As the jolt of the plane touching down went through my body, it hit me. I was here, finally, with purpose. My DNA travel journey had begun, it was no longer a dream.
I never choose to sit in the window seat, but at that moment as a wave of emotion came over me I was thankful to have that small bit of privacy. This wasn’t just any old DNA test inspired trip. As an adoptee, this was the start of discovering the story of “me”.
Why did it take me 39 years to embark on what might be my biggest adventure yet?
If you haven’t yet, now would be a good time to hop on over to my post that talks about the experience and challenges of being adopted in a world where DNA testing and DNA travel are growing in popularity. Don’t worry, you can come on back to keep reading this post when you’re done.
Anyone who knows me well knows that I am adventurous in all aspects of my life. I am goal-oriented and I don’t let barriers keep me from chasing after my goals. I quit my job and completely changed careers in my mid-thirties. I always figure things out and land on my feet.
But there was always this one thing. The thing I wouldn’t or couldn’t tackle for some reason.
And so this year, in honor of my 40th (yikes!) birthday, I set out to finally face that one thing – me.
Coronavirus might have other plans for me, but my intention is to travel to three places from my DNA results in an effort to connect with myself and my roots. I’m not trying to meet long lost family members, just discover cultures that are part of me.
Each step along the way in my DNA travel journey, I’ll be sharing a journal entry with my thoughts and reflections on the destination and what I’ve discovered about myself through that destination.
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Dear Diary, Finland felt like home.
I’ve traveled a lot of places, and admittedly fall in love with nearly every place I visit. Maybe I am looking for some deeper connection to Finland, given the reason I’m here, but it feels like home.
I came here solo, knowing I would need time to reflect and think and go wherever felt right in the moment. I wanted to be gentle on myself as I begin to tear back the bandaid that I’ve been wearing for 39 years.
As I’ve thought about this first leg of my DNA travel experience, I’ve mentally sorted things into “the moments” and “the culture.” These two aspects of this DNA travel experience were equally important and impactful.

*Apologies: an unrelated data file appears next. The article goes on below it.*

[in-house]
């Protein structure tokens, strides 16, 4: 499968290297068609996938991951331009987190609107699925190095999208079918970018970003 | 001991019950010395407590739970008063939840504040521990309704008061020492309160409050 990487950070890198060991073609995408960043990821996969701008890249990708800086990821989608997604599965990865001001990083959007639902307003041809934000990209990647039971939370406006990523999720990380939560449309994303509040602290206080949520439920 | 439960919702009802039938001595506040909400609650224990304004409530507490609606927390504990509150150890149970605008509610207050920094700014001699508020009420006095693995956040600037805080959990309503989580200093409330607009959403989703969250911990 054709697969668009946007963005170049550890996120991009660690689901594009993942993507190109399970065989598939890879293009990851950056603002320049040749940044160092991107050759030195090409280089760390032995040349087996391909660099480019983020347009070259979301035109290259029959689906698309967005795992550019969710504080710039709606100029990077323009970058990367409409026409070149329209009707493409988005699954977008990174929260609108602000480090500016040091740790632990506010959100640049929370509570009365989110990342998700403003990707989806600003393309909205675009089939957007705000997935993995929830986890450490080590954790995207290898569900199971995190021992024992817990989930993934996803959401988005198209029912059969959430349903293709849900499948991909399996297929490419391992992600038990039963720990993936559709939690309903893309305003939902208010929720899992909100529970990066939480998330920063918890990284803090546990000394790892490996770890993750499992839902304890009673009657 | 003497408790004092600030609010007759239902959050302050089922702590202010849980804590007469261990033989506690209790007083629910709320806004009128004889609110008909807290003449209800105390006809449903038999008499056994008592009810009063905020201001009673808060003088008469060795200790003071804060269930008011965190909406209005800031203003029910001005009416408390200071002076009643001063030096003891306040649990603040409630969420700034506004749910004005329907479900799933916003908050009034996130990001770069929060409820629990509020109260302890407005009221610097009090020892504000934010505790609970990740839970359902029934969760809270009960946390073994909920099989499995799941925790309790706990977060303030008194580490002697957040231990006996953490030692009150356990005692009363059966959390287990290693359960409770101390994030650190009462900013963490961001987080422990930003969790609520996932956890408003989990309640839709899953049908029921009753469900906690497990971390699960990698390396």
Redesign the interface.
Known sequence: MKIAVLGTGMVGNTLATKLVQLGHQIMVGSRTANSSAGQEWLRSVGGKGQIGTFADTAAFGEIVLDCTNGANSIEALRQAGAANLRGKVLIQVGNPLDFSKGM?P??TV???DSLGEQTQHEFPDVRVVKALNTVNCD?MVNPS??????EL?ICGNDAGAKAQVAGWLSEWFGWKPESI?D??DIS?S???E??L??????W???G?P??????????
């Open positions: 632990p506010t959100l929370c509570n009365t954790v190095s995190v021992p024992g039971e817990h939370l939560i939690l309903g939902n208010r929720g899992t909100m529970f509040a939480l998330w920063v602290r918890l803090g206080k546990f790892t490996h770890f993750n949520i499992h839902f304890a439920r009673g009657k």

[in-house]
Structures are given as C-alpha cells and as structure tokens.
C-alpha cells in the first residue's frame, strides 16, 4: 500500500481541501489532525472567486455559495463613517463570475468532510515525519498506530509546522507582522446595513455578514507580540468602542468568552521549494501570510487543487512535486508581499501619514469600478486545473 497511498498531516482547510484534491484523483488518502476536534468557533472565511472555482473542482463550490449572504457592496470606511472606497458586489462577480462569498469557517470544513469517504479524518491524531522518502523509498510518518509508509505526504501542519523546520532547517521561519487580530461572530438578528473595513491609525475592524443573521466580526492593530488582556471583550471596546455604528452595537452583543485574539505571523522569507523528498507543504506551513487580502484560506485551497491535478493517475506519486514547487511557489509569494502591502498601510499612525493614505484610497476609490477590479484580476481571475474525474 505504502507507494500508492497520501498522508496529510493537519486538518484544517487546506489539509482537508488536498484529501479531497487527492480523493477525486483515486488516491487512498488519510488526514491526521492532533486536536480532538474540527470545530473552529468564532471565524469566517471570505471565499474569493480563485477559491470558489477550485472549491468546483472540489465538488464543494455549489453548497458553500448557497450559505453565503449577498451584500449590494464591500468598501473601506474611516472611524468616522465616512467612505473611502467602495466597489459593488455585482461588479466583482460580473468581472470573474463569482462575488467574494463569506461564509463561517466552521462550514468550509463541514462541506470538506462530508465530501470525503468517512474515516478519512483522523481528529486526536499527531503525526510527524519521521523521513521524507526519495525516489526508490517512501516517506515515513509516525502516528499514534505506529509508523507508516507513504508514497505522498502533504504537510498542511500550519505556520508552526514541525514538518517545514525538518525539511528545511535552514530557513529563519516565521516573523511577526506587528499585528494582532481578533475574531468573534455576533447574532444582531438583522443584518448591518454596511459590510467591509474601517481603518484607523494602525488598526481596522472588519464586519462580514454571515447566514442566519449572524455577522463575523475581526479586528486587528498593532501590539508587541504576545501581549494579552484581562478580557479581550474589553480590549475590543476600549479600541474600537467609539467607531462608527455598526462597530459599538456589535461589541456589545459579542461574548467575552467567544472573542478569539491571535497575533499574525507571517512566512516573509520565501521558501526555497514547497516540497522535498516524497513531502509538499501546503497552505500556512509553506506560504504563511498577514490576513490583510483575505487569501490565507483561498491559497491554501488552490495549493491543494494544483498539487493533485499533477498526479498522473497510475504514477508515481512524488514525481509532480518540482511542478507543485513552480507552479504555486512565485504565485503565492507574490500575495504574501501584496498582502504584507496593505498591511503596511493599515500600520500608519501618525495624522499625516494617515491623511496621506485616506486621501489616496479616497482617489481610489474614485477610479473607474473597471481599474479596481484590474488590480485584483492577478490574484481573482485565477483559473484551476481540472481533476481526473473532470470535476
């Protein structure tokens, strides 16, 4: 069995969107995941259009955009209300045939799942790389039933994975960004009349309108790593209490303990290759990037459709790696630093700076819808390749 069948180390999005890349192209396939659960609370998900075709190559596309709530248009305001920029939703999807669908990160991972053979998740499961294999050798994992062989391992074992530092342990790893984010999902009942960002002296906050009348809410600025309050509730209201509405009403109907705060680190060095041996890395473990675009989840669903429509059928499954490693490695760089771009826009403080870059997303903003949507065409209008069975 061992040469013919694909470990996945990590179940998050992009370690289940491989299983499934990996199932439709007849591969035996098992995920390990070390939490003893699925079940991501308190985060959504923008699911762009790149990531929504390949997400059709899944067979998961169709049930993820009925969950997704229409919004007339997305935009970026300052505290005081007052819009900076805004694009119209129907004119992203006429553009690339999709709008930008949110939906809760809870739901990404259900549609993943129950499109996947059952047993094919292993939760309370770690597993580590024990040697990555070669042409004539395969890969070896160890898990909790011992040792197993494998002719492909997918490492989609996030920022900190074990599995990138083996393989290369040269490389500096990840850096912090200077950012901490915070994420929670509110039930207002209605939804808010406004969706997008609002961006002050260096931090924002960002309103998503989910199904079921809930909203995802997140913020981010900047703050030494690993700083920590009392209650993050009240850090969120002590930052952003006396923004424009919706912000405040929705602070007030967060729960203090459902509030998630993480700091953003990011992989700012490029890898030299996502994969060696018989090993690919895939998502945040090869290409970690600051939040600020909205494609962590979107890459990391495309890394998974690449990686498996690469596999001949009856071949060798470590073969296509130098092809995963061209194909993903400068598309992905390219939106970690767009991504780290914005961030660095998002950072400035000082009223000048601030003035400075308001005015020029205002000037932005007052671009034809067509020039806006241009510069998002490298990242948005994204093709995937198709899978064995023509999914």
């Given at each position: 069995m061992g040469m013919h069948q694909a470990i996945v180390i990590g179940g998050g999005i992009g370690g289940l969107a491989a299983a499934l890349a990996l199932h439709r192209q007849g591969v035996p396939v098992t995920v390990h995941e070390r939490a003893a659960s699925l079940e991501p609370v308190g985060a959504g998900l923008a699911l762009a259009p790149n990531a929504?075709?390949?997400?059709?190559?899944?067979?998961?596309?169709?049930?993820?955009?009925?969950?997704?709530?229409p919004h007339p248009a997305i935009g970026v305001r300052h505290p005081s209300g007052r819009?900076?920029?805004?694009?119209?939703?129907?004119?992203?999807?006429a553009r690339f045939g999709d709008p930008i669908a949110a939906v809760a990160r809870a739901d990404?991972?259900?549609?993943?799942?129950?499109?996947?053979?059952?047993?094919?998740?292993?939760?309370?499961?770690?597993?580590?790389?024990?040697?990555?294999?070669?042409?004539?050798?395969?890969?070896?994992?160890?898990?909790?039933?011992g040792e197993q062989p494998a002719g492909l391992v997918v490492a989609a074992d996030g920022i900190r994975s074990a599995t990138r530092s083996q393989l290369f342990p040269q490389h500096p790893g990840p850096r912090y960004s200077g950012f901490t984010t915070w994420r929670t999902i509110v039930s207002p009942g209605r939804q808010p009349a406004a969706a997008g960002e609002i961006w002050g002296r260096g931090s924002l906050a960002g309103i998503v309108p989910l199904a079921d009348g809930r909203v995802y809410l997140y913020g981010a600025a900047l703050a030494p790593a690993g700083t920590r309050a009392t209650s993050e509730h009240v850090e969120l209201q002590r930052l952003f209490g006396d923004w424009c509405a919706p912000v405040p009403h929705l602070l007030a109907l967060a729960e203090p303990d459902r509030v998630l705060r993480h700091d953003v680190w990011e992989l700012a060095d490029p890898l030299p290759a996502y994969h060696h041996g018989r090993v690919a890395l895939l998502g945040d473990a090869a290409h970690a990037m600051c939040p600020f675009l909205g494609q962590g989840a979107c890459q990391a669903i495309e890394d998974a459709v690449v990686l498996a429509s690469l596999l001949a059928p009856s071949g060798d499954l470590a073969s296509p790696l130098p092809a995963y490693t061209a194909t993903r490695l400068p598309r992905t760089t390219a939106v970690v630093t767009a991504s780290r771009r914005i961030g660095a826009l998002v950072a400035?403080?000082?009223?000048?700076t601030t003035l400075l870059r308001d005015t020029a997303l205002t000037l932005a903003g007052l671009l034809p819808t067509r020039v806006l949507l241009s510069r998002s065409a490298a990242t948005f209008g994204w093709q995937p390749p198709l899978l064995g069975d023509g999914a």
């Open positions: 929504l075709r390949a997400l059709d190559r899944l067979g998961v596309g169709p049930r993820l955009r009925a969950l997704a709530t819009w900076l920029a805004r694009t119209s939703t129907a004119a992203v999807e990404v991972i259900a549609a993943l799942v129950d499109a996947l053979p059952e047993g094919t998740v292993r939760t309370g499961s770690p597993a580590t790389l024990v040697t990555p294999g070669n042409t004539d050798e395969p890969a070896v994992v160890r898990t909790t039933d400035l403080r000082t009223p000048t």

The Moments That Mattered
When I catalog my travel experiences in my mind, they end up being a series of moments. Moments that mattered. When I close my eyes and think about my time in Finland, there are those special moments that made me feel like I was home.
The silent conversation with exaggerated hand gestures I shared with a pastry shoppe owner when ordering Karjalanpiirakka (a traditional rice pastry) in Helsinki. His knowing smile as he watched me take my first bite of buttery goodness.
The shock in my own, and my instructor’s, voice when we both discovered I’m naturally talented as a cross-country skier. An introductory lesson turned out to be several playful kilometers through the forest together.
Sharing laughs and squeals with complete strangers as we dipped in the icy cold sea water between sessions in the public sauna.
The thrill of riding a snowmobile through the Arctic countryside at night in search of the Northern Lights and not even being mad that they weren’t visible that night.
Seeing the animated wine shop owner’s eyes widen when he realized I was from Minnesota. He pointed to the framed Minnesota Vikings football jersey on the wall and proceeded to generously pour me a tasting.
Each of these moments that matter were simple exchanges, but ones I’ll hold with me for a long time.